The Bombay High Court granted journalist Rana Ayyub 4 weeks transit anticipatory release in the FIR filed by the Uttar Pradesh police after her tweet on the attack of an elderly Muslim man in Ghaziabad on 20 June.
The FIR was filed for offences punishable under the Indian Penal Code’s Sections 153 (inciting riots), 153A (promoting religious hatred), 295A (insulting religious beliefs), 505 (statements causing public mischief), and 120B (punishment of criminal conspiracy). It cited Twitter Inc. and Twitter Communications Pvt. Ltd. for failing to remove the tweets and allowing the video to go viral, according to the lawsuit. “Vande Mataram” and “Jai Shri Ram” have to be chanted by the FIR. However, the Uttar Pradesh Police Department eventually ruled out any “communal angle,” claiming that Sufi, Abdul Samad
the elderly man, was attacked by six men who were upset with the tabeez (amulets) he had sold. The other accused in the FIR are news website The Wire along with Alt news co-founder Mohammed Zubair, Congress politicians Shama Mohamed, Salman Nizami and Maskoor Usmani.
According to the FIR, a video of an old man was distributed by a few individuals on their social media accounts, in which some mischievous elements could be seen beating up an elderly guy called Abdul Samad, forcing him to sing “Jai Shri Ram” and “Vande Matar,” and forcing him to shave his beard. The FIR further claims that the accused disseminated the video of the event on their Twitter accounts without verifying its validity, and that they gave the video a communal perspective in order to foment communal hate amongst religious communities and disrupt public order. The FIR further claims that the views expressed while sharing the films were not personal ideas, but rather were shared with the goal of committing a crime, and that sharing the videos suggests a criminal conspiracy. They also sought to stir up sectarian animosity between Hindus and Muslims.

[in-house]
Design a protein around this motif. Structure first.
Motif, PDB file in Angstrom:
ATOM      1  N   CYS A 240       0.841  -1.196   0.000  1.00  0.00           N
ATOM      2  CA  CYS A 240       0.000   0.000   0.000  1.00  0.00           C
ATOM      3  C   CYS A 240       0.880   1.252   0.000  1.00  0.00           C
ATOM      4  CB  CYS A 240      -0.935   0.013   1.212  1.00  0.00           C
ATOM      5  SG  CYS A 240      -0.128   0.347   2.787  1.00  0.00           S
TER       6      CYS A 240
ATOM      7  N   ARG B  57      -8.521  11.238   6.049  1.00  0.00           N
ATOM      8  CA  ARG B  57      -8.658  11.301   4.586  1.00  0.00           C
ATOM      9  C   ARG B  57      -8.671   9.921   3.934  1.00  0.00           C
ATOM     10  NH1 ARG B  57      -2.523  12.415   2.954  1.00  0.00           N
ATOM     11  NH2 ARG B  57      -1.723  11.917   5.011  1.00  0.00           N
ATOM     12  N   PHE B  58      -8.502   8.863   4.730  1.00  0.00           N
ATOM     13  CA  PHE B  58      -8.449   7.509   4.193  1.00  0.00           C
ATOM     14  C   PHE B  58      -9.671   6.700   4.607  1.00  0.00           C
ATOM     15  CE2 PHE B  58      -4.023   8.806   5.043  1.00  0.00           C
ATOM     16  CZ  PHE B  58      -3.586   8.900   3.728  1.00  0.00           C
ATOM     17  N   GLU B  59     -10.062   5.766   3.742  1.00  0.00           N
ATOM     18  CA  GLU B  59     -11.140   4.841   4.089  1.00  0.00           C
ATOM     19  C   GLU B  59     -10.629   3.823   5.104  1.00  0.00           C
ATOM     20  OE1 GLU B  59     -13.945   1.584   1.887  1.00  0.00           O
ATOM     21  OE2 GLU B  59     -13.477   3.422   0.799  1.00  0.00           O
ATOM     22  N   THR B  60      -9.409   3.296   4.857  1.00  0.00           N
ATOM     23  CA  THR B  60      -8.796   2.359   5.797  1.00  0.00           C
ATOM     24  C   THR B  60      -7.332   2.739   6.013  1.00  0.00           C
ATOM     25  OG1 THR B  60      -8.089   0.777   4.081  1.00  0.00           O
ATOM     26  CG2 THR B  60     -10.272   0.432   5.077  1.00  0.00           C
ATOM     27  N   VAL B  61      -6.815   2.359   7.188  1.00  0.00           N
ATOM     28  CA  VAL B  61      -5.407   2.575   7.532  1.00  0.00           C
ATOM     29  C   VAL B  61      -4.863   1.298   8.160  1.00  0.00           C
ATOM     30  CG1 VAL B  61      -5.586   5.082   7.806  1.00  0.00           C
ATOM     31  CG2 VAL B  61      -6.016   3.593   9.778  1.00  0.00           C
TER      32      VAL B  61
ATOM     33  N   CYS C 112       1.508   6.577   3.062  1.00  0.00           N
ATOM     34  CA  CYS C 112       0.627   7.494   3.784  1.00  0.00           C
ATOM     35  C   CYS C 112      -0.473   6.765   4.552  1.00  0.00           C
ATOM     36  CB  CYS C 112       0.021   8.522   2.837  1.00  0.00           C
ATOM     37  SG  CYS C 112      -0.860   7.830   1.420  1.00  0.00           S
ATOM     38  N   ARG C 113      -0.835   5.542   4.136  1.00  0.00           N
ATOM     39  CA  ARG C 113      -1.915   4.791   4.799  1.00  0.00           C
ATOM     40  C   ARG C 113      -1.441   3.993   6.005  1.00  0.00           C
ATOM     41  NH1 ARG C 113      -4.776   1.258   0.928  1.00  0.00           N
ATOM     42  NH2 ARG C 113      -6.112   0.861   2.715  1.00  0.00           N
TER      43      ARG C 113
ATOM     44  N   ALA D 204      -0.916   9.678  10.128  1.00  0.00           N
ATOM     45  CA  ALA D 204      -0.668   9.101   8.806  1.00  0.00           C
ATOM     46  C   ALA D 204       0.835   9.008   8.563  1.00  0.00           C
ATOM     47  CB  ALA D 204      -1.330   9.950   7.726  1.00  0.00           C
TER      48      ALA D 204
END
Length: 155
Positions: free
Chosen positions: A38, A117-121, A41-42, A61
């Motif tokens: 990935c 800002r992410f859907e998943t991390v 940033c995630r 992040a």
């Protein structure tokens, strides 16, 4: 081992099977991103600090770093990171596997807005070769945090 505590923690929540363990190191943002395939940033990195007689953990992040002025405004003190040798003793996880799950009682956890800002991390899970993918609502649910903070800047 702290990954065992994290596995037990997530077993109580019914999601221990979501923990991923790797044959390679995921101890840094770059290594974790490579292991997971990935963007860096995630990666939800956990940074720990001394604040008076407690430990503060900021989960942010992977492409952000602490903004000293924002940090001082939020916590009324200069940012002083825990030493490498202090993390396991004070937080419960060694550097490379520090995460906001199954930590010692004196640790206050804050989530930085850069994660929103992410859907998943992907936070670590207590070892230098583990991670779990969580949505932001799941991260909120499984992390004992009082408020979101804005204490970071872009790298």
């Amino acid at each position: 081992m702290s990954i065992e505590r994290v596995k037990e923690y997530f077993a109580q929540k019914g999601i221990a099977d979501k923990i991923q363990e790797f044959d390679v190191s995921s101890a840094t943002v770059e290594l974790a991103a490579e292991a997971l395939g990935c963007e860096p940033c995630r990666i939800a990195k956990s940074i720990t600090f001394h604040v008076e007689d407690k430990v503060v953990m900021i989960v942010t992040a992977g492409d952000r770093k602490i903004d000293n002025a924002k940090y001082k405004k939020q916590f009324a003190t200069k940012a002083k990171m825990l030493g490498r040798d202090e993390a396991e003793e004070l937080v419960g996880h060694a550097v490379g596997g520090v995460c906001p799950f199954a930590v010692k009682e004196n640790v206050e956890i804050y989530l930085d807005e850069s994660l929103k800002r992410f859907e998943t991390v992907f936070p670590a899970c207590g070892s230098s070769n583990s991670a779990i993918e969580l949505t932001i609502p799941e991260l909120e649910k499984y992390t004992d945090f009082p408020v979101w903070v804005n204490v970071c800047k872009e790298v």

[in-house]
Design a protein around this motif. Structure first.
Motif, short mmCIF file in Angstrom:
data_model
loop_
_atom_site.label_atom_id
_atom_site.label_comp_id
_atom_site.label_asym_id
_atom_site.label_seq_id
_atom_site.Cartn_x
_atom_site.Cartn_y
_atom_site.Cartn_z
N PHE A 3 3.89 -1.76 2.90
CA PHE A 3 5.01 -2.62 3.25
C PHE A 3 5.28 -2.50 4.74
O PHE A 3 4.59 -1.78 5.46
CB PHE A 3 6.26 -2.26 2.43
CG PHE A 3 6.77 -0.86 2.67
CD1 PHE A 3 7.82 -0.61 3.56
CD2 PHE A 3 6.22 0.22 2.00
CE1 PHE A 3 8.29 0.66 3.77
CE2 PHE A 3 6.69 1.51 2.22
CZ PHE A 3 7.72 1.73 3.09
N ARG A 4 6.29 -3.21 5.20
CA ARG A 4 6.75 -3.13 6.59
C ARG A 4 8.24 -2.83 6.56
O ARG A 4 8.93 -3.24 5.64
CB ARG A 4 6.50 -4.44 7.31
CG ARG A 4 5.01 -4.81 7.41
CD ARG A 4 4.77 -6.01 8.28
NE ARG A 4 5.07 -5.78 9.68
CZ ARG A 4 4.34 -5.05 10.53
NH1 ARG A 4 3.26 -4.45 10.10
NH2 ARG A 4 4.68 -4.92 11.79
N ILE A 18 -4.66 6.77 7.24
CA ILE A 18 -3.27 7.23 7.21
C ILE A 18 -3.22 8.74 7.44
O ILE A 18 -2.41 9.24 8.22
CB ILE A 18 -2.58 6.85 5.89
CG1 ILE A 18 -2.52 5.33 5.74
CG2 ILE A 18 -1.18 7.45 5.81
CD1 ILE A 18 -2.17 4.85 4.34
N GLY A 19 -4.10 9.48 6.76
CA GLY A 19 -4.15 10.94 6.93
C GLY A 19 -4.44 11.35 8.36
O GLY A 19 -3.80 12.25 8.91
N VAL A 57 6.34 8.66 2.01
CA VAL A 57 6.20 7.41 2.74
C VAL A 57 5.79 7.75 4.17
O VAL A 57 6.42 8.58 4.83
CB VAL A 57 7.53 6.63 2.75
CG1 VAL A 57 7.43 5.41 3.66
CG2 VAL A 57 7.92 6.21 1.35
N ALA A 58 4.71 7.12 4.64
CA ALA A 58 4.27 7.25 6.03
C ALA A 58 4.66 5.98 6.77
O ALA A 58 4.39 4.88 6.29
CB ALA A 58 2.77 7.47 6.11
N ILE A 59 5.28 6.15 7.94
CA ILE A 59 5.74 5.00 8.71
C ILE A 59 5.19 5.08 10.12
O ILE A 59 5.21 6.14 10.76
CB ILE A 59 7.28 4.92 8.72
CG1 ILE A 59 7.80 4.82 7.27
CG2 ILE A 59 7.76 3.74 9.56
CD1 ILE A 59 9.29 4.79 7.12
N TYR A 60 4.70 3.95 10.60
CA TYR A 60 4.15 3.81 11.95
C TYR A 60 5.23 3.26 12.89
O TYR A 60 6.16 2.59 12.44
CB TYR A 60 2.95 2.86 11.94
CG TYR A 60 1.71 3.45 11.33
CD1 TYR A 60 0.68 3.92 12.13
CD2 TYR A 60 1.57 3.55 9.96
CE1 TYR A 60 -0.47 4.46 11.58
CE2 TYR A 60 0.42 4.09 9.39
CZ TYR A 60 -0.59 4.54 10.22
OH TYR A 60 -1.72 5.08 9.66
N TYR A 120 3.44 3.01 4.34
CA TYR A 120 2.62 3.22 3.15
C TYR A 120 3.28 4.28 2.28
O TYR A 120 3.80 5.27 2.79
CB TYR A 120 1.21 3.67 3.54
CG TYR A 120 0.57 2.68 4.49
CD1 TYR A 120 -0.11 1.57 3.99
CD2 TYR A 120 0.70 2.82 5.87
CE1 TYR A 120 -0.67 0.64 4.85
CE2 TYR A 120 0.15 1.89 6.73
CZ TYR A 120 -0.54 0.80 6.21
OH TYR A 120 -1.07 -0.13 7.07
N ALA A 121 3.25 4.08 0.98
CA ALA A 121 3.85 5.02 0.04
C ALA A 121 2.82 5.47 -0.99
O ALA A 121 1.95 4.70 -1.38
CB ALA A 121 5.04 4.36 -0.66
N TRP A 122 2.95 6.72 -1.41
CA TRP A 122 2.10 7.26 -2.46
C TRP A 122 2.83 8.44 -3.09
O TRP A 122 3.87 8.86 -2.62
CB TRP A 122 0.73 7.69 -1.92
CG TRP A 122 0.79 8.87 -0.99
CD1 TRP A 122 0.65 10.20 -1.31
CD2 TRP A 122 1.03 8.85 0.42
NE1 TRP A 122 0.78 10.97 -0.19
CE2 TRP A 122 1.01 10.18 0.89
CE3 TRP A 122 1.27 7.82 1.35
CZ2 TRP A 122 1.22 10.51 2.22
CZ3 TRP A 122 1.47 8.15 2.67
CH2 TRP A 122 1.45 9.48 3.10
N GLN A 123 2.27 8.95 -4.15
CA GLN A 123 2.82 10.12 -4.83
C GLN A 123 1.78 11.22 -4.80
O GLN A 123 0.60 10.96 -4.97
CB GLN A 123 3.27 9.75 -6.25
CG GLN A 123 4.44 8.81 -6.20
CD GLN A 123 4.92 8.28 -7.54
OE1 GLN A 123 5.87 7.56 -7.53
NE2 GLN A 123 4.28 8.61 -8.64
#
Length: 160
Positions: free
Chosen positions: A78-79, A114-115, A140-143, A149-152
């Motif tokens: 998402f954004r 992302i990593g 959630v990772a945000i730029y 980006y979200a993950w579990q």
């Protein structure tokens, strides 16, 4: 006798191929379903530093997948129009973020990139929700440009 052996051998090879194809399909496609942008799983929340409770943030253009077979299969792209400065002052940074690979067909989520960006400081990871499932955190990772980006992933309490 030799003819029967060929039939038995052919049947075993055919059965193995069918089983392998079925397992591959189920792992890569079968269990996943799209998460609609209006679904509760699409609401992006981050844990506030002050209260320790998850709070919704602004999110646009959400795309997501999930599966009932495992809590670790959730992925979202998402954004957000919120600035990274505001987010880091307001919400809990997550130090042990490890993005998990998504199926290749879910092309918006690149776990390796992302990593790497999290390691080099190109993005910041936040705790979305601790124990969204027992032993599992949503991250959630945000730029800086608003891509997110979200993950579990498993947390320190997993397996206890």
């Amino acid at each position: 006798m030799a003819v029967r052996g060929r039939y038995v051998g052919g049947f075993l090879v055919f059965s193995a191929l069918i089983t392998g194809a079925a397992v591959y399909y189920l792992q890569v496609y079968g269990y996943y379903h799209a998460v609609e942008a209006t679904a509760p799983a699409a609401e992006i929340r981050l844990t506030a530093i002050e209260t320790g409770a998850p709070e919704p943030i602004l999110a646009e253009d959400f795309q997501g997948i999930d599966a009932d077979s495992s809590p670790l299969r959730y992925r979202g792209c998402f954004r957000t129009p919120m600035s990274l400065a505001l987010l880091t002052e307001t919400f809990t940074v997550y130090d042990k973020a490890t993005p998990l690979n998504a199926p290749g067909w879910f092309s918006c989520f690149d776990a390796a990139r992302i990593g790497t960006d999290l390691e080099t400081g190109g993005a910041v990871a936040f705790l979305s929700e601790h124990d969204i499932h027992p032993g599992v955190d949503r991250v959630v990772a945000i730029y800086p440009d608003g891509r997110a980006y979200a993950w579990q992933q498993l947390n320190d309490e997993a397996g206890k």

Apart from that, the FIR claims that after a preliminary investigation by the Ghaziabad police, it was discovered that the people in the video who were beating the elderly man were known to Abdul Samad and that they were doing so because the elderly had allegedly sold them a Tabeez (amulet) and they had then beaten him up because it did not work as promised by Abdul. The FIR further claims that the police have detained three people in connection with the case, all of whom are Hindus or Muslims, and that the Gha ziabad Police have released a press statement explaining all of these facts.
Despite the fact that there was a personal quarrel between the parties and the accused were from Hindu and Muslim groups, the FIR says that the accused people proceeded to stir communal hate by distributing the recordings, and that as a result, fake news with a sectarian perspective circulated widely. Additionally, the FIR claims that this is not the first time they have attempted to spread false and misleading information on social media, and that they all posted the video on their social media accounts without confirming its accuracy.
Ayyub approached the court on June 18, two days after the Uttar Pradesh police registered an FIR against her and eight others, including microblogging social media platform Twitter. Ayyub’s lawyer, who testified on her behalf, told the court that she was a world-renowned journalist who had won several prizes for her work and that she had merely sent a tweet based on news reports about the Muslim man being attacked.
The bench of Justice PD Naik observed that since the applicant was only seeking protection to approach the jurisdictional court, adjudication of the application on merits was unnecessary. The Court ordered that protection can be granted to Ayyub for a period of four weeks to enable her to approach the appropriate court to seek appropriate reliefs. The applicant be released on execution of a PR Bond of 25,000 with one or more sureties in the case of arrest during the four-week term, the bench ruled.